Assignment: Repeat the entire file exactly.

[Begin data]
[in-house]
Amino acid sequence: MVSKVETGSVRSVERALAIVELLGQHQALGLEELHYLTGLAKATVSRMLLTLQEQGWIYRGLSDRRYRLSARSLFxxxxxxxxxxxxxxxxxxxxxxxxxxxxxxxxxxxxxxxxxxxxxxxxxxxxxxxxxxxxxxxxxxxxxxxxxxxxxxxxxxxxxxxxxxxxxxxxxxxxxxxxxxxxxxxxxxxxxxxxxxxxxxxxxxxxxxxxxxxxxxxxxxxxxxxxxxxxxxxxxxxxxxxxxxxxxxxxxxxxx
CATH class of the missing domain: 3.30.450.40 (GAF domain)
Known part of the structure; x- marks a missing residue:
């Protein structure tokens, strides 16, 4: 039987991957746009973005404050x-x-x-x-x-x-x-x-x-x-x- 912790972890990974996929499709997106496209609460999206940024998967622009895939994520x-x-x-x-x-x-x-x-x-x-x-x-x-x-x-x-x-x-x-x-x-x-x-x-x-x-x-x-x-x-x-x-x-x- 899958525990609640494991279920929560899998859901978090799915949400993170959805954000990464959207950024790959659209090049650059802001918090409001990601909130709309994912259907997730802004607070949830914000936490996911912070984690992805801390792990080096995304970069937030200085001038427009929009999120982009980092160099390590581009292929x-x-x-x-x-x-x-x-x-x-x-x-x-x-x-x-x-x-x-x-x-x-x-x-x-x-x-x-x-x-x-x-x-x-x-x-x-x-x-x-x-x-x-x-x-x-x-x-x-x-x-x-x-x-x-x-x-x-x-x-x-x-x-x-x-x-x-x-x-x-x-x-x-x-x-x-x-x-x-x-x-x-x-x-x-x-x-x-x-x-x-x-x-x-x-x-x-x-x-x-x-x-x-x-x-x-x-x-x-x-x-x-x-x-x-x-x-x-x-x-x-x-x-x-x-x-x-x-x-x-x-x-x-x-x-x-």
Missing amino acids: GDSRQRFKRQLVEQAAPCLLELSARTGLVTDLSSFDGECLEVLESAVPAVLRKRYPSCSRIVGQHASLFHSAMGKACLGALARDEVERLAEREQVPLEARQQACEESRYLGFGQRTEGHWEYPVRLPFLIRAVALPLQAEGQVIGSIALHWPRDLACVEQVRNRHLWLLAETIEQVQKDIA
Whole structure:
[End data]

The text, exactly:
[in-house]
Amino acid sequence: MVSKVETGSVRSVERALAIVELLGQHQALGLEELHYLTGLAKATVSRMLLTLQEQGWIYRGLSDRRYRLSARSLFxxxxxxxxxxxxxxxxxxxxxxxxxxxxxxxxxxxxxxxxxxxxxxxxxxxxxxxxxxxxxxxxxxxxxxxxxxxxxxxxxxxxxxxxxxxxxxxxxxxxxxxxxxxxxxxxxxxxxxxxxxxxxxxxxxxxxxxxxxxxxxxxxxxxxxxxxxxxxxxxxxxxxxxxxxxxxxxxxxxxx
CATH class of the missing domain: 3.30.450.40 (GAF domain)
Known part of the structure; x- marks a missing residue:
């Protein structure tokens, strides 16, 4: 039987991957746009973005404050x-x-x-x-x-x-x-x-x-x-x- 912790972890990974996929499709997106496209609460999206940024998967622009895939994520x-x-x-x-x-x-x-x-x-x-x-x-x-x-x-x-x-x-x-x-x-x-x-x-x-x-x-x-x-x-x-x-x-x- 899958525990609640494991279920929560899998859901978090799915949400993170959805954000990464959207950024790959659209090049650059802001918090409001990601909130709309994912259907997730802004607070949830914000936490996911912070984690992805801390792990080096995304970069937030200085001038427009929009999120982009980092160099390590581009292929x-x-x-x-x-x-x-x-x-x-x-x-x-x-x-x-x-x-x-x-x-x-x-x-x-x-x-x-x-x-x-x-x-x-x-x-x-x-x-x-x-x-x-x-x-x-x-x-x-x-x-x-x-x-x-x-x-x-x-x-x-x-x-x-x-x-x-x-x-x-x-x-x-x-x-x-x-x-x-x-x-x-x-x-x-x-x-x-x-x-x-x-x-x-x-x-x-x-x-x-x-x-x-x-x-x-x-x-x-x-x-x-x-x-x-x-x-x-x-x-x-x-x-x-x-x-x-x-x-x-x-x-x-x-x-x-």
Missing amino acids: GDSRQRFKRQLVEQAAPCLLELSARTGLVTDLSSFDGECLEVLESAVPAVLRKRYPSCSRIVGQHASLFHSAMGKACLGALARDEVERLAEREQVPLEARQQACEESRYLGFGQRTEGHWEYPVRLPFLIRAVALPLQAEGQVIGSIALHWPRDLACVEQVRNRHLWLLAETIEQVQKDIA
Whole structure: